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Small Business Stock
Code Sec. 1202 provides that noncorporate investors in eligible small business stock can exclude 100 percent of any gain realized on stock acquired after September 27, 2010, and before January 1, 2015, provided the stock is held more than five years. The corporation must conduct a qualified trade or business and cannot have gross assets over $50 million. The exclusion percentage is 50 percent for qualifying stock acquired after December 31, 2014, unless Congress decides to extend the increased exclusion.
Allowable gain from disposing of qualified stock is subject to a limit of $10 million, or 10 times the basis of the stock, if greater.
S Corp Built-In Gains
If a C Corporation converts to an S corporation, and during the recognition period the S corporation sells assets that had built-in gain at the conversion, the built-in gain is subject to a corporate-level tax at the highest marginal rate for corporations. This prevents a C corporation from avoiding a corporate-level tax on appreciated property by converting to an S corporation, which sells the assets and passes the gain through to shareholders. Initially, the recognition period was ten years after the conversion, which was then reduced to seven years, and then reduced to five years through 2014. With a shorter period, the S corporation can sell the asset ore quickly without having to recognize the additional tax. At present, the ten-year recognition period applies for 2015.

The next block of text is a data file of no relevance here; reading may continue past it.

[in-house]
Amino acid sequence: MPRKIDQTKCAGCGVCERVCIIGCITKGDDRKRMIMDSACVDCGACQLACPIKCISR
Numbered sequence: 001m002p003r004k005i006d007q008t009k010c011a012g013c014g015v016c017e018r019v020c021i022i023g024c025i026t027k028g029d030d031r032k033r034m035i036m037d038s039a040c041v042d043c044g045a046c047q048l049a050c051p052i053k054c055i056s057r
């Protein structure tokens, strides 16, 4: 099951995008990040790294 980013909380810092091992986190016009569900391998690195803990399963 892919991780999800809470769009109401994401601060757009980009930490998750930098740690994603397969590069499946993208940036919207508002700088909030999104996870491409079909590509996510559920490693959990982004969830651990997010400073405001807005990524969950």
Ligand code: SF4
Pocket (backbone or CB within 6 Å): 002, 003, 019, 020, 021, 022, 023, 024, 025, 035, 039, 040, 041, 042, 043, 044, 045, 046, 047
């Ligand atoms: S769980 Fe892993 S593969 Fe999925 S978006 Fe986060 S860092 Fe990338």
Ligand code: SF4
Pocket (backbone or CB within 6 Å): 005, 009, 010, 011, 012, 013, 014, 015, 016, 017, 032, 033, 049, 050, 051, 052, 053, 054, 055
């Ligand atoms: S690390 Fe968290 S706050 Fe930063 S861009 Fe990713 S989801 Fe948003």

Other Business Extenders
A number of other beneficial tax provisions for business would be included in extenders legislation for 2015 and beyond. These include:
- Basis reduction of S corporation stock after donations of property
- Employer wage credit for activated military reservists
- Empowerment zones
- Enhanced deductions for contributions to food industry
- Low-income credits for subsidized new buildings and military housing
- Native American employment credit
- New Markets Tax Credit